By Sharon Hall & Greg Finan, Jr. / The Nugget
Cautious optimism is beginning to take hold for local healthcare professionals.
That’s due to a steady three-week downward trend of COVID-19 patients hospitalized in Northeast Georgia’s four hospitals, which peaked at 159 on April 29 and as of Friday stood at 59, according to Dr. Donna Whitfield, Chief of Medical Staff of North Georgia Medical Center Lumpkin.
“We’re not sure we’re out of the woods yet, but we hope we see the clearing ahead … if everyone in the community continued to take simple precautions to keep themselves and others safe,” she said.
Over 500 people tested positive for COVID-19 and have been treated and released by Northeast Georgia Health System (NGHS) from mid-March through Friday.
“Those are lives saved thanks to the care our nurses, physicians and employees are providing and supporting every day,” Whitfield added.
NGHS has hospitals in Lumpkin, Gainesville, Braselton and Barrow. Officials began preparing a response to the pandemic in January, setting up a COVID-19 Task Force. That task force includes experts for across the system in infection prevention, emergency preparedness, critical care, respiratory services, lab services and others.
“The group has led our organization’s larger operational response when we started seeing our first cases in mid-March,” Whitfield said. “The Task Force members play key roles in our Incident Command Center, which is open daily right now to manage our resources and clearly communicate changes as the situation evolves.”
NGHS took steps to prevent being overwhelmed by a steady rise in cases between mid-March and the end of April. It increased the number of ICU beds from 91 to 134 in Gainesville and Braselton. All four hospitals increased the number of beds available in med/surg from 474 to 522.
Of the 108 ventilators available across the system, “usage has consistently ranged between 30-45 percent,” Whitfield said. “That includes ventilators used to help patients with and without COVID-19. Not all COVID patients benefit from being on a ventilator.”
NGHS’s plan was to use its Lumpkin and Barrow facilities for non-COVID-19 patients, but while cases were on the rise a total of 11 people with COVID-19 ended up at NGMC Lumpkin. Only some of those cases originated in Lumpkin County, Whitfield said. As of Friday, only one COVID patient remained hospitalized here.
Because of those in the community who took the shelter-in-place orders seriously, Whitfield said, “Your action gave our physicians, nurses and employees time to prepare and kept our hospitals from being overwhelmed. We’re in a much better position to handle an increase in patients and COVID cases, should there be a second wave.”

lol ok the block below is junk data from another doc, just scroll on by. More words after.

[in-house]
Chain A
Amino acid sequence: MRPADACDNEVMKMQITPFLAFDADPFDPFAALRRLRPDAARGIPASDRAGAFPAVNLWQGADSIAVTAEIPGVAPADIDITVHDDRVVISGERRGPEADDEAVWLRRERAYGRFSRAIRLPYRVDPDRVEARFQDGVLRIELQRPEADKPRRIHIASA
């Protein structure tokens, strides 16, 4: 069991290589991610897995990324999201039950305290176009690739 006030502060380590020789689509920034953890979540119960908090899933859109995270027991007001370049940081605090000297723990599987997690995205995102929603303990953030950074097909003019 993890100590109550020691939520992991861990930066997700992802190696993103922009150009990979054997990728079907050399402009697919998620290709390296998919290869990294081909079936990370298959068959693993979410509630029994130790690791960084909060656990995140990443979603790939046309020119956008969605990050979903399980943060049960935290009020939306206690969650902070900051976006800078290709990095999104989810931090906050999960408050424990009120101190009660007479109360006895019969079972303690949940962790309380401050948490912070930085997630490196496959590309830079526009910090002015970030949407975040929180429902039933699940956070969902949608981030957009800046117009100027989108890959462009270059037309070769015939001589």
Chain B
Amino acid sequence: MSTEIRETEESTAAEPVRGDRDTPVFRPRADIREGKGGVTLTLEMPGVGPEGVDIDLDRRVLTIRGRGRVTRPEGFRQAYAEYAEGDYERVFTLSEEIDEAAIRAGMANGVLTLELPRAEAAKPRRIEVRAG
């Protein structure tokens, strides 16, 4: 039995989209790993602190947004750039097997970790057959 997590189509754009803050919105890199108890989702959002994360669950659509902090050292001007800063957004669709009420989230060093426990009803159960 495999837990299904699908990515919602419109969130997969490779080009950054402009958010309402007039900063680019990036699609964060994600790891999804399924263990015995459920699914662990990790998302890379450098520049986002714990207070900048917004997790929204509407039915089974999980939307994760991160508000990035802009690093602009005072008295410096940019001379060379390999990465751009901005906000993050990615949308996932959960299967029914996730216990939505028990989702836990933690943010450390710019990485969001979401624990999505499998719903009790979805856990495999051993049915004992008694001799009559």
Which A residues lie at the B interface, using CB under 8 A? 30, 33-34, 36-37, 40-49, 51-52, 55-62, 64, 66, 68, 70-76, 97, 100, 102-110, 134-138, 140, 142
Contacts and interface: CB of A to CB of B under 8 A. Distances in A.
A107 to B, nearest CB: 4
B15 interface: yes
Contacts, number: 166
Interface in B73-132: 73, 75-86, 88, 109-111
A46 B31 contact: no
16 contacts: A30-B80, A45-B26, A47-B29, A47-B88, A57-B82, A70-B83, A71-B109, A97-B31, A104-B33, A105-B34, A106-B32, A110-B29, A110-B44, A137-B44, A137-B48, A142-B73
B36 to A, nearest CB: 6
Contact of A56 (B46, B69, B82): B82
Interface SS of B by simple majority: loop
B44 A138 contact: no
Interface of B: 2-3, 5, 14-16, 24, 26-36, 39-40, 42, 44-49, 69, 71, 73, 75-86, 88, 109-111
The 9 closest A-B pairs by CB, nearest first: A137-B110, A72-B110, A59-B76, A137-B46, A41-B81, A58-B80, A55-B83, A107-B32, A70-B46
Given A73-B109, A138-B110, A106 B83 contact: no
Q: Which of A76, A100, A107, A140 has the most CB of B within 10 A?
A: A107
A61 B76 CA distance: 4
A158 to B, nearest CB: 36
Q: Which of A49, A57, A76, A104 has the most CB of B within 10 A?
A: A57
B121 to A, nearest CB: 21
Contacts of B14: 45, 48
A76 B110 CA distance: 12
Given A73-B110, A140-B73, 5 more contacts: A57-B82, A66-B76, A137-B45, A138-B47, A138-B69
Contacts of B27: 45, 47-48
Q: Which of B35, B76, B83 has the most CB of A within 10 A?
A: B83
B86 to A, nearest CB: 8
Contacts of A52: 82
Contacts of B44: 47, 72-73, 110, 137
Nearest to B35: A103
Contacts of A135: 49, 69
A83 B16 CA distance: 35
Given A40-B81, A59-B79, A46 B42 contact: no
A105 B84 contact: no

BACK IN BUSINESS
As the coronavirus count decreases business is slowly returning to downtown Dahlonega, according to Mayor Sam Norton.
“As to the current status of the downtown businesses, my observation is that 90 percent of businesses are now open on the weekend and 75 percent during the week are open,” he said.
Norton added that since Governor Brian Kemp lifted restrictions some business owners have been more wary than others when it comes to reopening their doors.
“I would not suggest that all the businesses that are open are comfortable opening, but rather are cautiously opening out of necessity,” he said. “Each individual business has the ability and the responsibility to make the decision to open or not based on their own observations, needs and comfort level.”
For those that are opened back up for business or thinking about doing so soon, Norton offered this advice.
“Wearing masks are required in some businesses and recommended in all.”
Whitfield urged the same thing. And said locals should practice continued vigilance by:
• avoiding gatherings of more than 10 people
• wearing a mask around others
• maintaining six feet of distance from others when possible
• covering your cough and sneeze
• washing your hands regularly
• refraining from sharing food or drinks
• disinfecting surfaces
“People who are sick, have chronic medical conditions, are elderly or are pregnant should continue to stay home unless there’s a critical need or emergency,” she added.
However, people in need of medical attention should not delay for fear of COVID-19, said NGHS’s Sean Couch.
“We want to encourage people to not delay their routine or emergency healthcare,” he said. “We're seeing some patients who are not getting care for things like stroke symptom, hernias, heart attacks, and other issues which can be life-threatening. Even delaying routine care can result in small problems going untreated, and they become big problems quickly.”